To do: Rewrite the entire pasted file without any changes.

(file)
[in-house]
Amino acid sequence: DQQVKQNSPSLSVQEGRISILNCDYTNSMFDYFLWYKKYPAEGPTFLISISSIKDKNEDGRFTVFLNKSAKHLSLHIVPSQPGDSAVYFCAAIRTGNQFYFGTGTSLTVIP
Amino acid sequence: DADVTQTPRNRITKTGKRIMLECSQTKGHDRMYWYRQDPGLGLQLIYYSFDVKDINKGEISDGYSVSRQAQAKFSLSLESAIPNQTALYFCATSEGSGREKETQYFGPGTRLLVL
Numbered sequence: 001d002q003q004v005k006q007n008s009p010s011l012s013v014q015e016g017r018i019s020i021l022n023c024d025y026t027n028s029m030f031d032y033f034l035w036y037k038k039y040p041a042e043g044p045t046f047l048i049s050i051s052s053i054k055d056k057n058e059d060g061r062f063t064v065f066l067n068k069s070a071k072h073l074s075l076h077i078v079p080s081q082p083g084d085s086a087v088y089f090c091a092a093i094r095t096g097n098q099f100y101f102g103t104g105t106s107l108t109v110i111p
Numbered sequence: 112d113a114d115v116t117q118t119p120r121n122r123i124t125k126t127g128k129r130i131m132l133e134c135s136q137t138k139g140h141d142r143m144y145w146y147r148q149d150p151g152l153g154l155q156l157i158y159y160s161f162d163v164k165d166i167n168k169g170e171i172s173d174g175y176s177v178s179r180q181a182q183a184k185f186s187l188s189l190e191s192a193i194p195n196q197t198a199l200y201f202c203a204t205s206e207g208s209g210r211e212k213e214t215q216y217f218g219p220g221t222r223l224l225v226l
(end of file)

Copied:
[in-house]
Amino acid sequence: DQQVKQNSPSLSVQEGRISILNCDYTNSMFDYFLWYKKYPAEGPTFLISISSIKDKNEDGRFTVFLNKSAKHLSLHIVPSQPGDSAVYFCAAIRTGNQFYFGTGTSLTVIP
Amino acid sequence: DADVTQTPRNRITKTGKRIMLECSQTKGHDRMYWYRQDPGLGLQLIYYSFDVKDINKGEISDGYSVSRQAQAKFSLSLESAIPNQTALYFCATSEGSGREKETQYFGPGTRLLVL
Numbered sequence: 001d002q003q004v005k006q007n008s009p010s011l012s013v014q015e016g017r018i019s020i021l022n023c024d025y026t027n028s029m030f031d032y033f034l035w036y037k038k039y040p041a042e043g044p045t046f047l048i049s050i051s052s053i054k055d056k057n058e059d060g061r062f063t064v065f066l067n068k069s070a071k072h073l074s075l076h077i078v079p080s081q082p083g084d085s086a087v088y089f090c091a092a093i094r095t096g097n098q099f100y101f102g103t104g105t106s107l108t109v110i111p
Numbered sequence: 112d113a114d115v116t117q118t119p120r121n122r123i124t125k126t127g128k129r130i131m132l133e134c135s136q137t138k139g140h141d142r143m144y145w146y147r148q149d150p151g152l153g154l155q156l157i158y159y160s161f162d163v164k165d166i167n168k169g170e171i172s173d174g175y176s177v178s179r180q181a182q183a184k185f186s187l188s189l190e191s192a193i194p195n196q197t198a199l200y201f202c203a204t205s206e207g208s209g210r211e212k213e214t215q216y217f218g219p220g221t222r223l224l225v226l